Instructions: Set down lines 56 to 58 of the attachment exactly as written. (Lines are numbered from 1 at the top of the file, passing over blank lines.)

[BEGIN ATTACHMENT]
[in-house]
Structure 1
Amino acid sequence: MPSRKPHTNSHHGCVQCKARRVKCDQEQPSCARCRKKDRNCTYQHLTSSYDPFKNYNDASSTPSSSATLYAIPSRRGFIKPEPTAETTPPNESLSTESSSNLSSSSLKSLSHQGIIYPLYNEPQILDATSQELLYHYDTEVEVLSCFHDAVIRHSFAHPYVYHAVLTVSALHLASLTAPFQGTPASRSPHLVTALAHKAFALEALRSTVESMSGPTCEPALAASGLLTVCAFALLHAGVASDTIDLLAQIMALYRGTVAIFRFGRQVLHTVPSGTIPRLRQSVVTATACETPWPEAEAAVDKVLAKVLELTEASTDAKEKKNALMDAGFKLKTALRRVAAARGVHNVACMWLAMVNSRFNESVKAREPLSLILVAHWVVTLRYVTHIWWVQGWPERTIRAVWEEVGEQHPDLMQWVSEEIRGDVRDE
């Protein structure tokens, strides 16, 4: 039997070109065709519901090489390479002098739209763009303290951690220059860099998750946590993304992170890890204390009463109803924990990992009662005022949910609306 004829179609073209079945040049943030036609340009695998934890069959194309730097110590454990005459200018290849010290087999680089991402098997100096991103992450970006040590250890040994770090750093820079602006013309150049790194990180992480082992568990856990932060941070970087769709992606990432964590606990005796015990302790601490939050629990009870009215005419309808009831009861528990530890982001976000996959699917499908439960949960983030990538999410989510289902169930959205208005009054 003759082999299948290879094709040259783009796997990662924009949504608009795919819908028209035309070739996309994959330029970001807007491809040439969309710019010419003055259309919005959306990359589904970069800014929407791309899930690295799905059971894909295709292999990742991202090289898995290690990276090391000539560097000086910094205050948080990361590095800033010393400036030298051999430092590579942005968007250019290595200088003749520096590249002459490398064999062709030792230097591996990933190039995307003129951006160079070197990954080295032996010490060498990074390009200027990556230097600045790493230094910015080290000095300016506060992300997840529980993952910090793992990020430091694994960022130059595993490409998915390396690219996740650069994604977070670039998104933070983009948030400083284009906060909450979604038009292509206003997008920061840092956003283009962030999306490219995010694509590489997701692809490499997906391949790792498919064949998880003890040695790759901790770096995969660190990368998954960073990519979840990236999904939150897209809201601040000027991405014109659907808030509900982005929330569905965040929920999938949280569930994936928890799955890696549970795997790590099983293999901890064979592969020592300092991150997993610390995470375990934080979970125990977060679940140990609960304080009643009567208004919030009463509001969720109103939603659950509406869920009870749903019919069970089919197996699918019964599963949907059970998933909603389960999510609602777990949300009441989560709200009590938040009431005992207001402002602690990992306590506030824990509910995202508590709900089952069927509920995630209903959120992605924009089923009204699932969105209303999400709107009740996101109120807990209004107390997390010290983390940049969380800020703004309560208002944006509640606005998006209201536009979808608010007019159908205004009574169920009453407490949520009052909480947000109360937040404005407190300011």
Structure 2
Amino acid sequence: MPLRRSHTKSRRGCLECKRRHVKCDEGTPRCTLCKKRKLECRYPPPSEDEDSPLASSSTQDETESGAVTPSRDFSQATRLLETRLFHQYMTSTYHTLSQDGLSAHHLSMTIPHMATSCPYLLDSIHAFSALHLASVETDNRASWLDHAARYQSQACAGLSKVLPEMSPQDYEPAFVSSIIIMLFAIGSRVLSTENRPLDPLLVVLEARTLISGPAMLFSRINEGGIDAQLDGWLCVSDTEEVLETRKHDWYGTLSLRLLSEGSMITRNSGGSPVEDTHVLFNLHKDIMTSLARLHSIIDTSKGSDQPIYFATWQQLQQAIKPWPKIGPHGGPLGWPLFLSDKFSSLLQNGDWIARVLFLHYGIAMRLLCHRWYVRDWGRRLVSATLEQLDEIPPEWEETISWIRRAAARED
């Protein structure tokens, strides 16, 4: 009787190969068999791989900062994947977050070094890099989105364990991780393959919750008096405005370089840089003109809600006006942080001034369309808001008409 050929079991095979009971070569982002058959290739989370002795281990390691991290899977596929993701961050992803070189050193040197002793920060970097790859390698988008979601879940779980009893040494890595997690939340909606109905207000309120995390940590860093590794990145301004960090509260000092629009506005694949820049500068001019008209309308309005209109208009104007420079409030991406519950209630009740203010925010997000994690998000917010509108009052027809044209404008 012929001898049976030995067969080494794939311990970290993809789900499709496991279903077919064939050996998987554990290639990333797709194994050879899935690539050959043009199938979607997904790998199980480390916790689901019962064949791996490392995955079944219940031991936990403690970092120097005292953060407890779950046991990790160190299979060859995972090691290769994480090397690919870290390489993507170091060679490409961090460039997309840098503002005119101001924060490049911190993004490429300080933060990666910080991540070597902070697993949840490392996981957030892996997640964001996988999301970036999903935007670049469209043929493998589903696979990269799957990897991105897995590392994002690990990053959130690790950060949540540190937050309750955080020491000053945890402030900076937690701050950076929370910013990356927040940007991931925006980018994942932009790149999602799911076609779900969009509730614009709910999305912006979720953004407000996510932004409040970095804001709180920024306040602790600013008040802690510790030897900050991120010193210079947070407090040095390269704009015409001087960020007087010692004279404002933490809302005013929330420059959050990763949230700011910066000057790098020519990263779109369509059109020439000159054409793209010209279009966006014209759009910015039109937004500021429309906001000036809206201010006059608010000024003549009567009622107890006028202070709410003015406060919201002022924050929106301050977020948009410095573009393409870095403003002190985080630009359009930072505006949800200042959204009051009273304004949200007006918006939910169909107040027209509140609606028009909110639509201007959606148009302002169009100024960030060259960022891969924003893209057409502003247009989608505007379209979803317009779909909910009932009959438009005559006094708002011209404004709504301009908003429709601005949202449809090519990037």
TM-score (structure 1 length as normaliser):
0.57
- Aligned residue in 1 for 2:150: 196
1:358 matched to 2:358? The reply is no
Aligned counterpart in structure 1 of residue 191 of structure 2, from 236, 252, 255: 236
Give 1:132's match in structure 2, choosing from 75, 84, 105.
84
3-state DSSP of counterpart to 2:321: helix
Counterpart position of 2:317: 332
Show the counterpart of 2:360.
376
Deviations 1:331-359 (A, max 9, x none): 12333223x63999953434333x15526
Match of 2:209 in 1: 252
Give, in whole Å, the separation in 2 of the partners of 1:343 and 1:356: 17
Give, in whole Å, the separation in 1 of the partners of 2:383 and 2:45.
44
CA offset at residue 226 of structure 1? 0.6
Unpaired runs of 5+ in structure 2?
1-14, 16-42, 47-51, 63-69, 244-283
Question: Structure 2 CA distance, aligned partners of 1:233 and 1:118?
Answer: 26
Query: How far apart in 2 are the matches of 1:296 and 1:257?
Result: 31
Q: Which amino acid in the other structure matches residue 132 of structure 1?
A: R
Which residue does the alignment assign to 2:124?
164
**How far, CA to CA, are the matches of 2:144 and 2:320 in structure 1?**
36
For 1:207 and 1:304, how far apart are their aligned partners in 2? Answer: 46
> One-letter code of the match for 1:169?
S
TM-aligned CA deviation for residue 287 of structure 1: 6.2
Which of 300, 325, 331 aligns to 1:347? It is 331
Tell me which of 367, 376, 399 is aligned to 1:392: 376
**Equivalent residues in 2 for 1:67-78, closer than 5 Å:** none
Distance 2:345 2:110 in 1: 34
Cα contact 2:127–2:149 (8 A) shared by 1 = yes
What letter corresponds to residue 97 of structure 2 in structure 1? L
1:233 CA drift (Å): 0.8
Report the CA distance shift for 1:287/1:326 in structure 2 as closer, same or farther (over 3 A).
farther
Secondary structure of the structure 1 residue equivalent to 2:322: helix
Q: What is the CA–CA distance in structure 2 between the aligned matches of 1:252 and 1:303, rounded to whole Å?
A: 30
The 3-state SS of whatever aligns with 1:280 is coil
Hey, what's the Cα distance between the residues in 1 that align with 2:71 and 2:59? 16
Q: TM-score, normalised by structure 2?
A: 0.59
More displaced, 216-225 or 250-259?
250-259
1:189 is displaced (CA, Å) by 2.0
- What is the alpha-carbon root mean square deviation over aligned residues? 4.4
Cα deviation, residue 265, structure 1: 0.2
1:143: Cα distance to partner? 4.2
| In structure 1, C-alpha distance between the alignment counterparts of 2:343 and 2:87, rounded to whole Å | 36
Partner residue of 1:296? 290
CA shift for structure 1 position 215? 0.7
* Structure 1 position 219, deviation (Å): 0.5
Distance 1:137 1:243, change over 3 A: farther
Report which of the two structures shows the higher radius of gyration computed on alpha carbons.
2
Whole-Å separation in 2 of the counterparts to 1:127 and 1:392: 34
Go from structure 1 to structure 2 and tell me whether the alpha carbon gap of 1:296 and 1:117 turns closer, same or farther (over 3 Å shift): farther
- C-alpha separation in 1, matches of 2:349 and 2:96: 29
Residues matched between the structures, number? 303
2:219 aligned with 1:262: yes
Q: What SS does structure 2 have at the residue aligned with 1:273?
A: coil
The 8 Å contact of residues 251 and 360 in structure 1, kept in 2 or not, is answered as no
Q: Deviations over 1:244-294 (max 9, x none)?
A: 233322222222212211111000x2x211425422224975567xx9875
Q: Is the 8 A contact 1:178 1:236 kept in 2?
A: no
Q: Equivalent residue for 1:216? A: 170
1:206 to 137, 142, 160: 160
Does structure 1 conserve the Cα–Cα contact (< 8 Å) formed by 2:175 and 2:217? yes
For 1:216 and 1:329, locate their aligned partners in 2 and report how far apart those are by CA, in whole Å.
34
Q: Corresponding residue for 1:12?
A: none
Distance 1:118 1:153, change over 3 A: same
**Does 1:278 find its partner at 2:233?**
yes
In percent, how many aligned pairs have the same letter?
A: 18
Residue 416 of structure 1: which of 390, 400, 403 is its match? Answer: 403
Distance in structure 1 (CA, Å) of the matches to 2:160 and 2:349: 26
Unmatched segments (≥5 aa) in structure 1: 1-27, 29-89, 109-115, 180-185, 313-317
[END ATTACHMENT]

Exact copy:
A: 0.59
More displaced, 216-225 or 250-259?
250-259